- Posted September 28, 2013 by
Foods that Can Make You Sick
Food poisoning is a horrible, even potentially life-threatening experience. But it’s hard to determine if food is safe to eat, partly because problems are relatively rare. But knowing which foods are potentially risky can help. Be aware of the risk, but don’t avoid these types of food. They are everywhere and are part of a healthy diet. You can check out some easy healthy recipes at Gourmandia.
Yes, they’re your favorite go-to salad greens—lettuce, escarole, endive, spinach, cabbage, kale, arugula, and chard.Greens can be contaminated by manure, dirty water rinses, or unwashed hands before you even purchase them.
This breakfast favorite has been linked to 352 outbreaks since 1990, most often due to Salmonella bacteria.The bacteria can lurk inside the egg, so proper cooking is key (which kills the germs). Avoid eating any products containing raw eggs, including cookie dough.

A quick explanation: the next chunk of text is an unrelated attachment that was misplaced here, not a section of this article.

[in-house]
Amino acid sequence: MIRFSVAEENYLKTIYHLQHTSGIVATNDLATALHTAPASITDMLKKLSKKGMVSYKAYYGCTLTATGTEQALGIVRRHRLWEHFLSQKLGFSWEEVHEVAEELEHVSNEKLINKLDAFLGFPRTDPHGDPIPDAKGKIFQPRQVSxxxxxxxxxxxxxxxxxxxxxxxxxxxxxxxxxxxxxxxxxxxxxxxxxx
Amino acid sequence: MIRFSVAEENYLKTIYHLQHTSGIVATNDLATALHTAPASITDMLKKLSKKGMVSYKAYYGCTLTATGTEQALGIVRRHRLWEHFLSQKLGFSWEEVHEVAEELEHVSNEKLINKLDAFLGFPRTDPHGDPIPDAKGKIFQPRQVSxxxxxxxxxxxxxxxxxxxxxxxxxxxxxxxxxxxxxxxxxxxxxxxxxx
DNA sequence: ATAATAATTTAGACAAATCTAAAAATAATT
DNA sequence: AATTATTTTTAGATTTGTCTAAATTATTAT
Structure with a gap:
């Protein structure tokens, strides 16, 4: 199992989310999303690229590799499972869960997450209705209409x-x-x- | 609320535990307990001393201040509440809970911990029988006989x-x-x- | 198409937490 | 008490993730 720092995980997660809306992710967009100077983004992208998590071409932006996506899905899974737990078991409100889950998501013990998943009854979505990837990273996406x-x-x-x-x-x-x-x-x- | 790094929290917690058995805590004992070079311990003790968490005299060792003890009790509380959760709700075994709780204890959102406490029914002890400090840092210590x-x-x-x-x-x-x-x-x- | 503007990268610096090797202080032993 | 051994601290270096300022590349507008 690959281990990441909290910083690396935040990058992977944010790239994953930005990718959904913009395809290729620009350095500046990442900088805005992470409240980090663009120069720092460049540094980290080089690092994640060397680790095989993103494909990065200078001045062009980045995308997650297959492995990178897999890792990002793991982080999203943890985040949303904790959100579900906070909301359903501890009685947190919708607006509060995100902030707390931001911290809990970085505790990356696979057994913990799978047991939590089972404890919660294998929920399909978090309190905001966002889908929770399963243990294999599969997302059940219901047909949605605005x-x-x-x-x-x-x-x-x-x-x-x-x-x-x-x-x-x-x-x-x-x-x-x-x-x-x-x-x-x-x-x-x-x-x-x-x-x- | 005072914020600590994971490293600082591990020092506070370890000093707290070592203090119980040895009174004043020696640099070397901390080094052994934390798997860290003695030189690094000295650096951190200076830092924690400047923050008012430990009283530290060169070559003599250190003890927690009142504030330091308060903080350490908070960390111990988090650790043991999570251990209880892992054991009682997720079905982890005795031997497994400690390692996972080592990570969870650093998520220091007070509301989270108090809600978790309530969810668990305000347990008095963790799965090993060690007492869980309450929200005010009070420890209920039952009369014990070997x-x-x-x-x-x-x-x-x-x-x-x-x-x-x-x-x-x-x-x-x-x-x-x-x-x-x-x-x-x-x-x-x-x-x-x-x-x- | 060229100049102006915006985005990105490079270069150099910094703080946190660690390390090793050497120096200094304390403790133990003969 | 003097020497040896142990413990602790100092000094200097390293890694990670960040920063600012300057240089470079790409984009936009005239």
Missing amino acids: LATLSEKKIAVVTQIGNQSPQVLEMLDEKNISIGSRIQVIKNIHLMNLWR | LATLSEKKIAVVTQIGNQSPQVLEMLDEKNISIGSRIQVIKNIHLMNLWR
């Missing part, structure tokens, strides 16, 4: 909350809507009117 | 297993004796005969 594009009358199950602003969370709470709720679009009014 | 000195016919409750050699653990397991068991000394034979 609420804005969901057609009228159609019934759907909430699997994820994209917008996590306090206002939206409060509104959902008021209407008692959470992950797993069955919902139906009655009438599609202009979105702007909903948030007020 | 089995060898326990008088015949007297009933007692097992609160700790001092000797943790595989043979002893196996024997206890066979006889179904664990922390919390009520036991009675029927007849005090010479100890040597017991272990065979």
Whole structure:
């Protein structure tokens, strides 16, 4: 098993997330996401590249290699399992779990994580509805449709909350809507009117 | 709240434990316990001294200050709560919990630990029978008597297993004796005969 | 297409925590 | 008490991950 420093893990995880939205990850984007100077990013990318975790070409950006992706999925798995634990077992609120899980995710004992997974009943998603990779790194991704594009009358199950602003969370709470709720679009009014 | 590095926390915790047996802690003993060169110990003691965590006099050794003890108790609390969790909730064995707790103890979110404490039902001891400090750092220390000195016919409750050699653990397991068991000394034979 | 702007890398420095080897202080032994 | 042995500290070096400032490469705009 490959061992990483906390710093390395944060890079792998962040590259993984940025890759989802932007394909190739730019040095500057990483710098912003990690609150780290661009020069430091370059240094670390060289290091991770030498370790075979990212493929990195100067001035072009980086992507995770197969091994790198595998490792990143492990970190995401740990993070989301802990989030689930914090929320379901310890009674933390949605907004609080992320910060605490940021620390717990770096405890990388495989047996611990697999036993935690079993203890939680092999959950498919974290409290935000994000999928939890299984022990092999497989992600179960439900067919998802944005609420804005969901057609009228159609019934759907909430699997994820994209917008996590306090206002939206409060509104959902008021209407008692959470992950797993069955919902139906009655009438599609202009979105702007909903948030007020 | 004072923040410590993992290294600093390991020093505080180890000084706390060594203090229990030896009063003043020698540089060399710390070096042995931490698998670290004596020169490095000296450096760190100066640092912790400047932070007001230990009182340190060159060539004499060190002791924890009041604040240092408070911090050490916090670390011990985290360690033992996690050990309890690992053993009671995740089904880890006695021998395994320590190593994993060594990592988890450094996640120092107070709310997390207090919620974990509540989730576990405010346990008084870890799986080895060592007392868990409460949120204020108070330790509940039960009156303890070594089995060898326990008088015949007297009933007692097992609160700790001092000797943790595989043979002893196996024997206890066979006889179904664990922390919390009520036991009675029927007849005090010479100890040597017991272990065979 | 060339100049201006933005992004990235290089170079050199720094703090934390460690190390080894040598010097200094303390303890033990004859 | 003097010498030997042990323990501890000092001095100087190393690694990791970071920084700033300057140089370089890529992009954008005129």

This type of fish can be contaminated by scombrotoxin, which causes flushing, headaches, and cramps.If it is stored above 60 degrees after being caught, fresh fish can release the toxin, which cannot be destroyed by cooking. Tuna has been linked to 268 scombroid poisoning outbreaks since 1990.
Before being transformed into a pricey delicacy, oysters lurk on the ocean floor doing what they do best—filter feeding. And if the water they are filtering is contaminated, so are the oysters.
If served raw or undercooked, oysters can contain germs—mostly a gut-churner called norovirus and a bacterium known as Vibrio vulnificus—that can cause nausea, vomiting, and diarrhea.
A freshly scrubbed spud that’s properly cooked is unlikely to cause illness. But watch out for potato salad. Cross contamination, the transfer of germs from one type of food, usually meat, to another can be the source of the problem. Potato-related outbreaks of illness have been traced to germs like Listeria (which can live on deli counters ), Shigella, E. coli, and Salmonella.
Source: Yahoo Health Articles